• 3 Credits

Examination of the principal actors in the legal system police, lawyers, judges, citizens and the roles they play in the political process.

  • 3 Credits

A course designed to directly involve Senior students in political science in major research projects. The emphasis of the course will be on the development by the students of research topics and designs which fit their individual interests. Major papers will be required of all students. Research reports will be presented orally and critiqued in class. Required of all majors.

  • 3 Credits

Nature and scope of American constitutional principles as developed by the United States Supreme Court, with emphasis on habeas corpus, search and seizure, grand jury, double jeopardy, self-incrimination, due process of law, speedy and public trial, right to counsel, trial by jury, bail, and cruel and unusual punishment.

  • 3 Credits

The course assists and supervises students in the preparation and execution of the Model Organization of American States for Universities (MOAS) in Washington, D.C. Students learn about the role, structure and operation of the MOAS by representing a member-state in the Inter-American system, students gain broad understanding of issues in International Politics and the practice of diplomacy and international organizations. Prer., Application and consent of instructor.

  • 3 Credits

Course assists and supervises students in preparation and execution of the Model United Nations (MUN) college conference. The course catapults students into the world of diplomacy and negotiation. Students learn about the role, structure and operation of the United Nations. Prer., instructor consent.

  • 3 Credits

A legal studies public law course involving the rights and obligations of land owners and the various levels of government. Issues range from environmental protection, zoning, to land development and “Taking” property without compensation. Jr/Sr level preferred. Prer., PSC 4460 or consent of instructor.

  • 3 Credits

A legal studies course involving a comprehensive examination of American public school law with reference to Colorado public school law. As a public law course, it involves Constitutional issues ranging from civil liberties of speech and religion, to civil rights such as special needs children. Jr/Sr level preferred. Prer., PSC 4460 or consent of instructor.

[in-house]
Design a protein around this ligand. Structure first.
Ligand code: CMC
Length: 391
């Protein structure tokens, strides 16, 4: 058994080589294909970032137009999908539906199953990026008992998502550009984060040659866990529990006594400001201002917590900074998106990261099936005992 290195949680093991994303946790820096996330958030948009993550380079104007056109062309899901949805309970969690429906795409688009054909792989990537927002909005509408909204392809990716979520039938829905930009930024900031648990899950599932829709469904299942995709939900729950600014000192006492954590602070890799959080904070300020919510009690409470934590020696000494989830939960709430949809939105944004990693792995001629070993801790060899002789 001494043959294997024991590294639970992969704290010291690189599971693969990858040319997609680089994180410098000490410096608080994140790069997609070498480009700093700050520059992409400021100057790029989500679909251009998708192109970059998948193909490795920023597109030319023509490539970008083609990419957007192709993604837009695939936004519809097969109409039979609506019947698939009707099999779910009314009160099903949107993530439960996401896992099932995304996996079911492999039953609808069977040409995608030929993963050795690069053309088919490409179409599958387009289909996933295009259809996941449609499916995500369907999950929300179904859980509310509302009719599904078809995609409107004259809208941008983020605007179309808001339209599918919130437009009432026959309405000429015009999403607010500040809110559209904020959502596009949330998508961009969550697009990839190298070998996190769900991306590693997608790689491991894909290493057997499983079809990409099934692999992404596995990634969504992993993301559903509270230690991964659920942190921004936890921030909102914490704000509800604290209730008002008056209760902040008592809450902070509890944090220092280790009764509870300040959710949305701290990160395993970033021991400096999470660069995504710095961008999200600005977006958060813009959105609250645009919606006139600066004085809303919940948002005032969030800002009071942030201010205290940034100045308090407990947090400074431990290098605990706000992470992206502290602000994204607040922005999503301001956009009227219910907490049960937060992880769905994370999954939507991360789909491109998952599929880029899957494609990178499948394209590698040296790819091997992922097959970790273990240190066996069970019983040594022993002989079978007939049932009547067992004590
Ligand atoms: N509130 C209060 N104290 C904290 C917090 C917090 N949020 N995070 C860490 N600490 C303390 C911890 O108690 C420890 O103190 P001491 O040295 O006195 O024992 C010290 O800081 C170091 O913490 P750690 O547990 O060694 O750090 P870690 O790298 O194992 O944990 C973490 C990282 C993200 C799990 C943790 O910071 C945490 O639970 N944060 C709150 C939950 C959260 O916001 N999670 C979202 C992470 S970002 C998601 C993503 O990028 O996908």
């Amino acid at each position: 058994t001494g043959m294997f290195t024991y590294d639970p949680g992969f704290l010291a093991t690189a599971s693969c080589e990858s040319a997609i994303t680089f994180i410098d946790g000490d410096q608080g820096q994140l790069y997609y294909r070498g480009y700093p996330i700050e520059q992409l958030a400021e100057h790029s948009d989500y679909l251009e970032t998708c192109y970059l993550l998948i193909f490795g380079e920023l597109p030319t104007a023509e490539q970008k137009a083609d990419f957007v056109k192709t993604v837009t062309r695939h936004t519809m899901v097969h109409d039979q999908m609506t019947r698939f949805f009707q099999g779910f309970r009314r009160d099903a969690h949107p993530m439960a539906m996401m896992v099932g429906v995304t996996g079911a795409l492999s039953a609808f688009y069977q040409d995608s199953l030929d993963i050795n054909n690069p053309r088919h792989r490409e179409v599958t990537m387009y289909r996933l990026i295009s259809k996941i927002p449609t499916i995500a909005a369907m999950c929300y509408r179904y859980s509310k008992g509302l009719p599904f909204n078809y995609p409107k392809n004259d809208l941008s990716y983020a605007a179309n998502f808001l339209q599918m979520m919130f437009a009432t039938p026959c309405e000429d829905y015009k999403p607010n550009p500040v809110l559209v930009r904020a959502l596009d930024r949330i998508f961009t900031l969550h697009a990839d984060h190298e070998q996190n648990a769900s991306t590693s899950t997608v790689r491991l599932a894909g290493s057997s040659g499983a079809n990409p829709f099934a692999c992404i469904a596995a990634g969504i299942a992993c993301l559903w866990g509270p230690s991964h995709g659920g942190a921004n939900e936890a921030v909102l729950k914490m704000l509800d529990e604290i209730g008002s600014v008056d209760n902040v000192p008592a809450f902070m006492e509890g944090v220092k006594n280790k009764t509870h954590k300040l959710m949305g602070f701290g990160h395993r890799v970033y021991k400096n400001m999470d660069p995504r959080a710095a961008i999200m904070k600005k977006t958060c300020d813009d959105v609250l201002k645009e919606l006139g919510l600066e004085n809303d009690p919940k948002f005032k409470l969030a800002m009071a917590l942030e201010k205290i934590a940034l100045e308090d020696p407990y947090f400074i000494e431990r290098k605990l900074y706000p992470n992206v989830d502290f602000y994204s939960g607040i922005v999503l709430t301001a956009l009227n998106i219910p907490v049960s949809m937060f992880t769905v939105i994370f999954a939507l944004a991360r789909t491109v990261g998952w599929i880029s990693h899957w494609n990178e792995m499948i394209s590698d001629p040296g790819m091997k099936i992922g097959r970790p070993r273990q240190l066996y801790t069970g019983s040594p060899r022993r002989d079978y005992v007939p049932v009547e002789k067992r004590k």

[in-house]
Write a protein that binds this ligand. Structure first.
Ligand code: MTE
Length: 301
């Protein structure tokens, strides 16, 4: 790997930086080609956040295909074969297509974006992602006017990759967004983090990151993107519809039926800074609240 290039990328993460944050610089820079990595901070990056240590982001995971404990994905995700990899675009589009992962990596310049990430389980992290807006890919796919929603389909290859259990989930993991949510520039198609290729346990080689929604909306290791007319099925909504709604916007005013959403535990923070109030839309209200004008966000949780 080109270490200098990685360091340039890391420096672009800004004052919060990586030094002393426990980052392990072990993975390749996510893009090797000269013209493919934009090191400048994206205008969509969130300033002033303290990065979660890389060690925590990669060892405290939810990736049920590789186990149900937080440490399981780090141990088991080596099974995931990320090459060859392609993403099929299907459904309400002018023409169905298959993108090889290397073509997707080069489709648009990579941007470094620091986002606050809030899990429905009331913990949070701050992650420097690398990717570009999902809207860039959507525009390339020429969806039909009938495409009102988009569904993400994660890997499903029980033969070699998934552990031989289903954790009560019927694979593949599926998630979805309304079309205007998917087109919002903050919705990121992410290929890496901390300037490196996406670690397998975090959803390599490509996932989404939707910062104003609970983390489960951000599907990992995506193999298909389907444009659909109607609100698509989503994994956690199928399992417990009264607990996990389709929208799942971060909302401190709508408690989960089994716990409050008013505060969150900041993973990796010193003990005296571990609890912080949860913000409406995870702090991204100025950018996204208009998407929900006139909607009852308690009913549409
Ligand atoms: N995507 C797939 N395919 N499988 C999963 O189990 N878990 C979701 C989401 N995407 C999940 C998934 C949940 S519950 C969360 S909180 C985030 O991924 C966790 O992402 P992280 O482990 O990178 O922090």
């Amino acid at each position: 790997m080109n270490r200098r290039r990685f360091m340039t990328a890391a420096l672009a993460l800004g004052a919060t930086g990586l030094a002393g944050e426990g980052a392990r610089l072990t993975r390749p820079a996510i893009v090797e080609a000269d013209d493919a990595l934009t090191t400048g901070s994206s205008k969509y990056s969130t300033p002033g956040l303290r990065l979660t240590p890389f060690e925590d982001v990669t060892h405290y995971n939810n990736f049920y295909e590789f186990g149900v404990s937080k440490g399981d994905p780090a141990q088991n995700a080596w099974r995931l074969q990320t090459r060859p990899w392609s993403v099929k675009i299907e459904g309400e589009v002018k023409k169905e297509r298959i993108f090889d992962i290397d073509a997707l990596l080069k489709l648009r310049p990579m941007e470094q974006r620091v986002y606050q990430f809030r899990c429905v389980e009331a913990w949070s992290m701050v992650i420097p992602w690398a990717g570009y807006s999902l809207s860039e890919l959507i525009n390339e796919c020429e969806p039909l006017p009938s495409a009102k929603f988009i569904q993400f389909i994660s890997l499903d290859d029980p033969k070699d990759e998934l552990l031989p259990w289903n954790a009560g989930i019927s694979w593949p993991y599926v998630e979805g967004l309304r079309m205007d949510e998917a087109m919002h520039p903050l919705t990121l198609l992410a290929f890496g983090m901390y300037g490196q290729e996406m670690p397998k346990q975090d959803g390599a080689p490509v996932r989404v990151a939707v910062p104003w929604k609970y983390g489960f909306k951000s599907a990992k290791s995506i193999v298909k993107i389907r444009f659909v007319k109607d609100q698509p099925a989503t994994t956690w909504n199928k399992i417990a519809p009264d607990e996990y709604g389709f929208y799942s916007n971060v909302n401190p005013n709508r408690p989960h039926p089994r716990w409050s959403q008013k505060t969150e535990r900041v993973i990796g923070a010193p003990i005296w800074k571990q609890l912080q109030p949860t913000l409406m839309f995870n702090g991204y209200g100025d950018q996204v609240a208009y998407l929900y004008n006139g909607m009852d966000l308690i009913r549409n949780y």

• 3 Credits

Examines the historical, social, political, and economic conditions in the Middle East as they pertain to the Arab/Israeli conflict. An eclectic approach will be employed, from the cradle of civilization to the new international order with particular emphasis on the Palestinian/Israeli conflict. Prer., ENGL 1310 or ENGL 1410 or equivalent.

  • 3 Credits

Introduces the complex web of political, social, economic, and cultural life of Middle Eastern politics. Looks at historical developments of the region in order to better understand the current political diversity in the Middle East. The study of this region is important today as it faces new challenges with globalization, political identity crises, and foreign intervention. Approved for LAS Global Awareness requirement. Prer., PSC 1010. Sophomore standing or higher.

  • 3 Credits

The complex political, social, religious, and cultural environment of Africa, and the many themes and nation-states provide for a rich study of the region. Course examines the variations across the continent. Analyzes the scars left by the complex negotiations of post-independence Africa, and studies themes including ethnic conflict, nationalism, resources, economy, concepts of democracy, and nation-building. Approved for LAS Global Awareness requirement. Prer., PSC 1010 and sophomore standing.

  • 3 Credits

Globalization is studied as part of an exchange of technology, goods, and financial markets. The exchanges of goods, services, and ideas across national borders are pervasive. Communication systems help this process, but also help those who resist globalization to better articulate and organize their viewpoints. Approved for LAS Global Awareness requirement. Prer., Sophomore standing. Meets with ECON 3590.

  • 3 Credits

This course will acquaint the student with the concept of terrorism as a political and psychological tool. Examines the culture usually associated with terrorist actions and what sparks such cultural beliefs. The course concludes with a prognosis for the future of what our world may look like if this political behavior continues. Prer., ENGL 1310.

  • 3 Credits

A study of special problems relevant to political science taught by a highly qualified person in the particular problem area. Each semester that the course is offered, a different problem of high impact is studied.

  • 3 Credits